October 6, 2014 at 6:05 PM by Dr. Drang
If you want read a comparison of the use, feel and convenience of the iPhone 6 and 6 Plus from someone who’s used both of them in his daily life, read Gabe Weatherhead’s recent post. If you want to read the impressions of someone who’s spent about five minutes handling them in an Apple Store, you’ve come to the right place.
I had some errands to run in downtown Naperville on Saturday, and when I saw that the Apple Store didn’t have lines running out onto the sidewalk anymore, I decided to stop in and get a firsthand look at the new phones.
The 6 Plus wasn’t as big as I imagined it to be. I can see myself getting used to working with it, even though it will require two hands much of the time. What I don’t see myself getting used to is carrying it around and slipping it into and out of my pocket. It’s just more phone than I want to carry around all the time. If I get a new phone this cycle, it’ll be the regular 6.
(You’ve probably know that David Sparks is currently trying out a 6 Plus but isn’t sure if he’s going to keep it. I’m betting he’ll switch to the 6. The way I see it, if you don’t think immediately that the Plus is right for you, then it’s wrong for you. Update 10/7/14 David’s made the switch, so now there’s another 6/6 Plus comparison you should look at if you’re on the fence.)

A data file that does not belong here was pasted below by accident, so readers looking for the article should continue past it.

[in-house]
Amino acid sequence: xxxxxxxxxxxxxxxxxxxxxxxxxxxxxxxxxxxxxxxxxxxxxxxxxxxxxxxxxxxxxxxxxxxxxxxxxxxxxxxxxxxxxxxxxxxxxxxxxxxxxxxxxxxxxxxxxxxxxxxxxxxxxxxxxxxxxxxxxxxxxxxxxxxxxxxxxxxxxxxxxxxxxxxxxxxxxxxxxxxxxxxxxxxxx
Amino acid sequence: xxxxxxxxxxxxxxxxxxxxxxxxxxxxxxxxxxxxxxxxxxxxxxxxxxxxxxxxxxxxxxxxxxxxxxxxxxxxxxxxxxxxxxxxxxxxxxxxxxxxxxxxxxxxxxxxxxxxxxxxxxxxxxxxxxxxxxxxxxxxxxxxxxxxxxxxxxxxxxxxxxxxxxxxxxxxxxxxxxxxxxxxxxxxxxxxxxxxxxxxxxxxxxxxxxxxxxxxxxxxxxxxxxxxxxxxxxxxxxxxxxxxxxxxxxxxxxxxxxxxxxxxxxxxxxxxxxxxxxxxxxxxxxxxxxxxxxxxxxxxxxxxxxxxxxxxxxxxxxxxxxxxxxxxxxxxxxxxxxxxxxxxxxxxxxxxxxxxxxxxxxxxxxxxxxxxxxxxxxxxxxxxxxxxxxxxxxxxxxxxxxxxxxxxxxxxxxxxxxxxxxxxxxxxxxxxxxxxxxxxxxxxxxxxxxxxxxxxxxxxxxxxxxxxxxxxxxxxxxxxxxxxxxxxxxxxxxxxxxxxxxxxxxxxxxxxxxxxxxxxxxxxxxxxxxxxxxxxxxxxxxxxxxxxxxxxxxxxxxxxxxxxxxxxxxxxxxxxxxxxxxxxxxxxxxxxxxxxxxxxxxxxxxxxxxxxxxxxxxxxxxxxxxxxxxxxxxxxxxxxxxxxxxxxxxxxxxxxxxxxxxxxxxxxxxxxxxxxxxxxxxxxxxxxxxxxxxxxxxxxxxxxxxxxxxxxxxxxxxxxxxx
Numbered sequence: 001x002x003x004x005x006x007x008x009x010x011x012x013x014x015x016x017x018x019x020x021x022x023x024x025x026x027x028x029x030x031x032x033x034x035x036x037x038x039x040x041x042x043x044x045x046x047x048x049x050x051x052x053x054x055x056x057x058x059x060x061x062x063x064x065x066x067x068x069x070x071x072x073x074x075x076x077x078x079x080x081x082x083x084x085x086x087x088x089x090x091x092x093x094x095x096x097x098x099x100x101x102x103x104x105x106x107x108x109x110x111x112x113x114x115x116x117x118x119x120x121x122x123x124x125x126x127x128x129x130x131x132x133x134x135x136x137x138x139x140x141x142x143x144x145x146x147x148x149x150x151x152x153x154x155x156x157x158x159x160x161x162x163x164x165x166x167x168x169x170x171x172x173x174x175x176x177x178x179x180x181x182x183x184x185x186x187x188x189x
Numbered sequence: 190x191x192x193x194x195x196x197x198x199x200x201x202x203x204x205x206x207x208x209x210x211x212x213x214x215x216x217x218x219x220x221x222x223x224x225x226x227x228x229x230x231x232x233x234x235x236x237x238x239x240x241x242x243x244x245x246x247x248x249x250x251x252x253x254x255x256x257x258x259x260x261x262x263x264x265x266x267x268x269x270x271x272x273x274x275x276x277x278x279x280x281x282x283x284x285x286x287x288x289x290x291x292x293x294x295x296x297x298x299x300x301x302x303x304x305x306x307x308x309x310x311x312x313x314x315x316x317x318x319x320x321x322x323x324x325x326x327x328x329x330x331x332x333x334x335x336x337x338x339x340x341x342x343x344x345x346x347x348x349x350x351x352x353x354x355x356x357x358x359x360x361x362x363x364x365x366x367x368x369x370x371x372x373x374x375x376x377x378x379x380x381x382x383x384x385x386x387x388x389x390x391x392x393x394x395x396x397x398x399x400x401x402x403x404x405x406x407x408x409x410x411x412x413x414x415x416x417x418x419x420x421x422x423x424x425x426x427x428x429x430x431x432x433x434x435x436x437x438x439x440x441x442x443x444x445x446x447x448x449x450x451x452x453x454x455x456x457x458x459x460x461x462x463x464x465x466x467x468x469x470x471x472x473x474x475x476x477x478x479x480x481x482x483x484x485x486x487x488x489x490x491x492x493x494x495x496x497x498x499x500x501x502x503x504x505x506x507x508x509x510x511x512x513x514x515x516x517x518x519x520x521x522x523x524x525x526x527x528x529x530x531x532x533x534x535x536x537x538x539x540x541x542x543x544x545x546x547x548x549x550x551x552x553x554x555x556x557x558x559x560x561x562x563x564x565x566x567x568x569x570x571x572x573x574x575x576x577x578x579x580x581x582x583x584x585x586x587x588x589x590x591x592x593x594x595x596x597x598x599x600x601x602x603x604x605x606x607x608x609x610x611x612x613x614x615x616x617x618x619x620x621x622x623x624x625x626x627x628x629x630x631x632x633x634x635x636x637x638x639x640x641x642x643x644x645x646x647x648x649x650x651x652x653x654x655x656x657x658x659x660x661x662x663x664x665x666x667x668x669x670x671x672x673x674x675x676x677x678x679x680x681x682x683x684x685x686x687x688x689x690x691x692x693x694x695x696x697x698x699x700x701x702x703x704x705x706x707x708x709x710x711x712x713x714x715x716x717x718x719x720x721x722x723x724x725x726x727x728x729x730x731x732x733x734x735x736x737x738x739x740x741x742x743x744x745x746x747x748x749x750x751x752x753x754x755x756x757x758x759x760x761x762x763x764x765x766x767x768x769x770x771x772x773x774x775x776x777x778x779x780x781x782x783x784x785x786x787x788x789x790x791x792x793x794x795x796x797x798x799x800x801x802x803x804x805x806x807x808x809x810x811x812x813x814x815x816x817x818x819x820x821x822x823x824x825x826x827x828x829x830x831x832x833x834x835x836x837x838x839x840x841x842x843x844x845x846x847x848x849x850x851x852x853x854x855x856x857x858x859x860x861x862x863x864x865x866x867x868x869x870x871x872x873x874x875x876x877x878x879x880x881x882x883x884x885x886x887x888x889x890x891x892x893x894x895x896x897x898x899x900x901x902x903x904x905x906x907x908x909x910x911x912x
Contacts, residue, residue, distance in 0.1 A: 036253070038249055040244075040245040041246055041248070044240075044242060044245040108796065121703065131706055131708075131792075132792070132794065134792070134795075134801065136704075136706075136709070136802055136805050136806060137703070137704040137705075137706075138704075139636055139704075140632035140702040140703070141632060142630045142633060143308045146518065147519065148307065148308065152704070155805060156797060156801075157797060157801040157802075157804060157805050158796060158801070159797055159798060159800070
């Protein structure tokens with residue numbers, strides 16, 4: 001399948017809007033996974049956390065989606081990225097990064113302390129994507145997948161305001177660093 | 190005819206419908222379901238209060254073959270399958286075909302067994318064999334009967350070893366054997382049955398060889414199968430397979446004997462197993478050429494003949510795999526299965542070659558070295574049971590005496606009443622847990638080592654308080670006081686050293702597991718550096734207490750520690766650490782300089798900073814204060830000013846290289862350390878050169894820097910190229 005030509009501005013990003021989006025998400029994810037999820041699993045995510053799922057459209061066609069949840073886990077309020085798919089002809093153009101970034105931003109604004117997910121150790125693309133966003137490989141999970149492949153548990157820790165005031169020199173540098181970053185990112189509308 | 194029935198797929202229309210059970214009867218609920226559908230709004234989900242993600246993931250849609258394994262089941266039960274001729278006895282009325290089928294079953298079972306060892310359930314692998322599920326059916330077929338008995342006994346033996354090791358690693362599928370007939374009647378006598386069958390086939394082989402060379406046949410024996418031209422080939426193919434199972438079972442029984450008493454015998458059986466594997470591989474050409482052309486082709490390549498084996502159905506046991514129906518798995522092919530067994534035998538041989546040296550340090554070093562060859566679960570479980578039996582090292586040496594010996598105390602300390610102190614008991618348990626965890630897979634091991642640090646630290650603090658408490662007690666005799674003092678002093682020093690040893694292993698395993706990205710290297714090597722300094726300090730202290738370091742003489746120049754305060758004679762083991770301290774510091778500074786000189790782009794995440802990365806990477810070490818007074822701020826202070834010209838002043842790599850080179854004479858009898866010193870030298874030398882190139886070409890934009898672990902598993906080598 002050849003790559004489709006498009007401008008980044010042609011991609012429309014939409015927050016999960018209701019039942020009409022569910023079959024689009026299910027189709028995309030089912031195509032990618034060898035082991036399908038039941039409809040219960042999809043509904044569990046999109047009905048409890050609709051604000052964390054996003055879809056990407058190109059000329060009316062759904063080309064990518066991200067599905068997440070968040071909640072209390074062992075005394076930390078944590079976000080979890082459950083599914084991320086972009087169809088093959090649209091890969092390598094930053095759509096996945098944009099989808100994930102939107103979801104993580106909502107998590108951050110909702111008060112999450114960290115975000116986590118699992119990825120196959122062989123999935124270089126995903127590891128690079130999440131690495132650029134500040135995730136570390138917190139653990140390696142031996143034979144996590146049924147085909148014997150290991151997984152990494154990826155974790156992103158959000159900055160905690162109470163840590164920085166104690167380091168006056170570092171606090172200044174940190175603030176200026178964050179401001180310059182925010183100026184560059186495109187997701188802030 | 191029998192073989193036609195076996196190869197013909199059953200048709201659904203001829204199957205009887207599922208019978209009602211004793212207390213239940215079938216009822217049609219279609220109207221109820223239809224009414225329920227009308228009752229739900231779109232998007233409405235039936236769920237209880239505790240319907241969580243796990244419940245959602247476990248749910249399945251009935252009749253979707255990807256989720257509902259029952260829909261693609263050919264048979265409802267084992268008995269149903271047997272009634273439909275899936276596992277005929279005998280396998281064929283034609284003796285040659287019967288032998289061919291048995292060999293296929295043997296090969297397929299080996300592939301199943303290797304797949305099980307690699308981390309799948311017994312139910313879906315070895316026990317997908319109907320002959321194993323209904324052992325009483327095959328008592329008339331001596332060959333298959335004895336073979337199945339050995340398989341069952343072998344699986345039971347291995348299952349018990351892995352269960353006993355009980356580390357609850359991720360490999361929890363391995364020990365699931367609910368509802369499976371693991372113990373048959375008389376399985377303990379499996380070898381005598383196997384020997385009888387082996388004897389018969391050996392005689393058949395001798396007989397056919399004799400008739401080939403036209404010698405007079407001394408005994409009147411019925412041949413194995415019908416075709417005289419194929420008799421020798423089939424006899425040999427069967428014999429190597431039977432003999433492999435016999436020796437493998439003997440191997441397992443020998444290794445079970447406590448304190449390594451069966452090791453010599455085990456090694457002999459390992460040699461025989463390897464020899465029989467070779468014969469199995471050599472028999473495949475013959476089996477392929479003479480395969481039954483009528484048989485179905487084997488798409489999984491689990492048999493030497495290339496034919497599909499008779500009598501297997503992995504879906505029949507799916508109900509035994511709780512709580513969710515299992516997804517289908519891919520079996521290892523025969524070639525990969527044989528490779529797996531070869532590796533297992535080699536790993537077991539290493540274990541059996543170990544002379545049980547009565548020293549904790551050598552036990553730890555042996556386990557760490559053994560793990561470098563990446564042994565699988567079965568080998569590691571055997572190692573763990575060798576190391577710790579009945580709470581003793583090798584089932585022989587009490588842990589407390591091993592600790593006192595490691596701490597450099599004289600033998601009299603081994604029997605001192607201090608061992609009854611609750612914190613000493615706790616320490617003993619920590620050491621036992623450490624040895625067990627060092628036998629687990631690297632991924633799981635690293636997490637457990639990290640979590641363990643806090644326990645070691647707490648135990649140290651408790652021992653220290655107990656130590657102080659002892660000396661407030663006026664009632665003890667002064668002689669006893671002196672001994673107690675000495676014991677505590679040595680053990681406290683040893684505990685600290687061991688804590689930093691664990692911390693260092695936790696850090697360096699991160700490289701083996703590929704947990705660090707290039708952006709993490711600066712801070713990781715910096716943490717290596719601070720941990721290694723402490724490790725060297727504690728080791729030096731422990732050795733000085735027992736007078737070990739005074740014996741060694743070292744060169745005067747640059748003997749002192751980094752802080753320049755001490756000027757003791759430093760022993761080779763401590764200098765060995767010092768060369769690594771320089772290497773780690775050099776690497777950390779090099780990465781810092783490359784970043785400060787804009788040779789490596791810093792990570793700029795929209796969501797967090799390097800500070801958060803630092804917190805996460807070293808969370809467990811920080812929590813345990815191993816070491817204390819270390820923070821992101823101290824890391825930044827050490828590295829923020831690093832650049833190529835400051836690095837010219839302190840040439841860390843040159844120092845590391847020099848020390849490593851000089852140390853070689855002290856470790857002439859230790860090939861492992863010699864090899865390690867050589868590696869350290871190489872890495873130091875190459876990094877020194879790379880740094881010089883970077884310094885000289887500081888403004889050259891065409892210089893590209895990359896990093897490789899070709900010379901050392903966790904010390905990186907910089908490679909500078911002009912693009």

Many people have commented on how slippery the new phones are. I wasn’t surprised to hear this. I thought the original iPhone was too slippery and always felt nervous handling it without a case. Its cool, rounded metal edges just didn’t bite into my hand enough to feel stable. After the original, though, I went coverless with the 4, 5, and 5S. I always felt I had a good grip on their edges, even though the material itself was just as smooth as the original’s.
So when I saw the introduction of the 6 and 6 Plus last month, my first thought was that if I got one, I might have go back to using a case with it. If so, what I’d be carrying in my pocket would almost certainly be thicker than my current 5S. I was resigned to this even before hearing that many others had decided to use cases for the first time.
What I wasn’t expecting was for the phones to act like freshly caught fish. As I tried them out in the store, I nearly dropped both of them on the table. Now it’s true that I was manipulating them in ways that I probably wouldn’t in normal use—testing how far my thumb would reach and using the Siracusa grip, for example—but even so, both phones felt precarious no matter how I was holding them. I’d never trust myself with a bare iPhone 6.
So in addition to having what is effectively a thicker phone than I have now, I’d be paying an extra $30-60 for the privilege. Given that the processor speed increase is minimal, that Apple Pay will take a while to roll out, and that most of this year’s improvements are in the software, I’m not seeing a compelling reason to upgrade during this cycle.
Mind you, that doesn’t mean I won’t.